There’s nothing unusual about switching from breastfeeding to bottle-feeding, millions of women have made the same choice. They key is to be ready and to take your time.

Source: Lisa Fields, Roy Benaroch, MD, http://www.webmd.com/parenting/baby/bottle-feeding-15/weaning-from-breast

 

 

 

Your Baby

Spit-Cleaning Your Infant’s Binky

1.45 to read

Have you ever sucked on your baby’s pacifier to clean it? Many parents have. Babies drop their binkies all the time and if you’re in a hurry or just figure a little spit-cleaning won’t hurt, you’re more likely to stick it in your own mouth and give it a quick once over.

A new study out of Sweden says the spit-cleaning technique may actually help your infant avoid eczema and asthma.

“It was surprising that the effect was so strong,” says pediatric allergist Dr. Bill Hesselmar of Queen Silvia Children’s Hospital in Gothenburg, Sweden, lead author of the study published Monday in the journal Pediatrics.

The study involved 136 infants who used a pacifier in their first 6 months. 65 of the infants had parents that reported sucking the pacifier to clean it. In those children, both eczema and asthma were strongly reduced when they were examined at 18 months of age. At 36 months of age, the protective effect remained for eczema but not for asthma.

Scientists didn’t know why the sucking on the baby’s pacifier acted as a protector or whether it was filtering out germs. The technique didn’t have any impact on respiratory illness, meaning that the babies were not more likely to get a cold or the flu from their parents. Common sense would dictate that if you have a cold or the flu or any other contagious condition, then it’s not a good idea to suck on your baby’s binky. Otherwise, maybe it’s not such a bad idea.

Why is sucking on your infant’s pacifier possibly helpful in preventing asthma or eczema in your child? Scientists hypothesize that tiny organisms in the saliva of the parents may be why. Parent’s saliva introduces gut micoflora that live in the digestive tract of the baby. “We know that if infants have diverse microflora in the gut, then children will have less allergy and less eczema,” says Hesselmar. “When parents suck on the pacifier, they are transferring microflora to the child.”

Many pediatricians and family doctors are concerned that children are being “excessively cleaned” into illness. With anti-bacterial soaps and swipes being used on everything, and kids not allowed to get dirty, their immune system isn’t getting the workout it needs to help fight off common illnesses. The bacterial microorganisms provided in the parent’s saliva might help stimulate the baby’s immune system.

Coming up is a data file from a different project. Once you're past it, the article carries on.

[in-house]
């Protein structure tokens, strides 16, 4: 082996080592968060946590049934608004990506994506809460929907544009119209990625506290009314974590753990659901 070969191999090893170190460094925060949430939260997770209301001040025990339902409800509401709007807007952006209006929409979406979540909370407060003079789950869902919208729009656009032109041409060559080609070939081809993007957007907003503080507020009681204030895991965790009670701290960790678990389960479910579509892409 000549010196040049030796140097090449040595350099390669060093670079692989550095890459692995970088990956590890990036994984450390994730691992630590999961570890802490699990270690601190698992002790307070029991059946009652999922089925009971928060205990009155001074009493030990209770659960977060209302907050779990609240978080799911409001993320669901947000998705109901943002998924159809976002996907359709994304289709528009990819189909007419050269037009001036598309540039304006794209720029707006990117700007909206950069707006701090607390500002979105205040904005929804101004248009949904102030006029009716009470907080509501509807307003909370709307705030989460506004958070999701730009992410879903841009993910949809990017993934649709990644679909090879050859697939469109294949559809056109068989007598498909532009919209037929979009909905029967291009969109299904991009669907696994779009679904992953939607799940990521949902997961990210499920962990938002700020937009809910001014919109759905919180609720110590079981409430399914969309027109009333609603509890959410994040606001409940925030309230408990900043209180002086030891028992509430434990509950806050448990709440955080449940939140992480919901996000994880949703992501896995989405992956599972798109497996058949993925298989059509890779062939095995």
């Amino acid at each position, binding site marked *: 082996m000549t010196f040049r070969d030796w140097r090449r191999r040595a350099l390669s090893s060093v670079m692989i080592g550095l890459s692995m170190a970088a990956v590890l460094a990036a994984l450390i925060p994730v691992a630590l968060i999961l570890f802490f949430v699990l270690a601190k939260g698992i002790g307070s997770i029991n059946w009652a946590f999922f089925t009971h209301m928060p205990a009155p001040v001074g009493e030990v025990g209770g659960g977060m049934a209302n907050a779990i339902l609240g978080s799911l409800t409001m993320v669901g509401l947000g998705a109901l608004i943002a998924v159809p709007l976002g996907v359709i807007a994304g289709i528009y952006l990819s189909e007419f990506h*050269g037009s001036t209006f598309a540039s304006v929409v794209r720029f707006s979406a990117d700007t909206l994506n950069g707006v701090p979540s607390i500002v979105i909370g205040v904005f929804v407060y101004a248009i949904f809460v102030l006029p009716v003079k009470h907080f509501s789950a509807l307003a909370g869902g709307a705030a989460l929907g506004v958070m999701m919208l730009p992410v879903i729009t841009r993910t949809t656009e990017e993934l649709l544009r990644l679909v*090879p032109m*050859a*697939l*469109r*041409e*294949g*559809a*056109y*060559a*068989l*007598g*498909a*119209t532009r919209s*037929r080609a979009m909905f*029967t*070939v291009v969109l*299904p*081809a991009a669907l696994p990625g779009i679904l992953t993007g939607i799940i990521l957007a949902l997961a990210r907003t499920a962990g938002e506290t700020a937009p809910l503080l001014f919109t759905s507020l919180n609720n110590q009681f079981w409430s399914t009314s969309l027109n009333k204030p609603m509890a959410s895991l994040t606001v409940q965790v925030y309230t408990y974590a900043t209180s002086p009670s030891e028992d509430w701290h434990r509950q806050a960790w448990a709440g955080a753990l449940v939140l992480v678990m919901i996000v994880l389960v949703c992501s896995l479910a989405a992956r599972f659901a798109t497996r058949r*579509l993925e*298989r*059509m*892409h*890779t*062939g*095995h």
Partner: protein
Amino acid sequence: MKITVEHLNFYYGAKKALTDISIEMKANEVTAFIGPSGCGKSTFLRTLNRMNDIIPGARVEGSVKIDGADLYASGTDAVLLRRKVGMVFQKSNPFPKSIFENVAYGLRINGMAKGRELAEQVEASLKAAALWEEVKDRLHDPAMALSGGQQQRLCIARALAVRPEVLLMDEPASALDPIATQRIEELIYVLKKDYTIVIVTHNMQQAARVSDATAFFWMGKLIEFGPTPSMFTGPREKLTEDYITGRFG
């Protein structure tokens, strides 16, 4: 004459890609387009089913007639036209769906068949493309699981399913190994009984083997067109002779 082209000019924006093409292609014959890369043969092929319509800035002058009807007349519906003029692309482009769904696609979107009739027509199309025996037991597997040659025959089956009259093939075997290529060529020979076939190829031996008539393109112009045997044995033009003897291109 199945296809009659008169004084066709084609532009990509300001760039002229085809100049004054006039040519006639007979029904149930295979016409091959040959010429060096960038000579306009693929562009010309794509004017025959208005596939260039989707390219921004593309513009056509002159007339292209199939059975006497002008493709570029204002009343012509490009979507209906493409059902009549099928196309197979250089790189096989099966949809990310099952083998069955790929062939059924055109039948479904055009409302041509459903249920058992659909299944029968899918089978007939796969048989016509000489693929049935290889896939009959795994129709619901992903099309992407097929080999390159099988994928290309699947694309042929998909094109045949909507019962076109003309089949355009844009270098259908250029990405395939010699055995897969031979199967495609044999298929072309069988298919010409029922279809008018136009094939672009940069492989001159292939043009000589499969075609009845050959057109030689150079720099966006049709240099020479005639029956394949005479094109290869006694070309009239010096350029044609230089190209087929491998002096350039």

“The most exciting result was the eczema,” says Christine Johnson, chair of the public health department at Detroit’s Henry Ford Hospital. “I’m a bit more skeptical about the asthma findings because asthma is hard to measure before a child is five or six years old.”

Hesselmar also urges moms to lick the baby’s pacifier if their child was delivered by C-section. Vaginal delivered babies receive quite a bit of microbes during delivery. C-section babies can be more prone to allergies. “If they are using a pacifier and those parents think it’s OK to suck on the pacifier, then yes, I would recommend it,” Hesselmar says.

Some parents may find the idea of picking up a pacifier that’s fallen on the floor and putting it in their mouth kind of disgusting. That’s fine, there’s no need to worry about it. If the idea doesn’t bother you, all the better says Hesselmar, “I haven’t heard of anyone getting ill from it,” he says. “There isn’t much bacteria on the floor.”

Source: Barbara Mantel, http://www.today.com/moms/why-it-may-be-ok-spit-clean-your-babys-binkie-6C9773378

Your Baby

Beech-Nut Recalls Baby Food Due to Pieces of Glass

1:00

The Beech-Nut Nutrition Company has issued a voluntary recall of 1,920 pounds of baby food due to possible contamination with small pieces of glass.

The company is recalling “Stage 2 Beech-Nut Classics sweet potato and chicken” baby food in 4 -ounce glass jars.  The baby food was made on Dec. 12, 2014, and the recall applies to food expiring December 2016.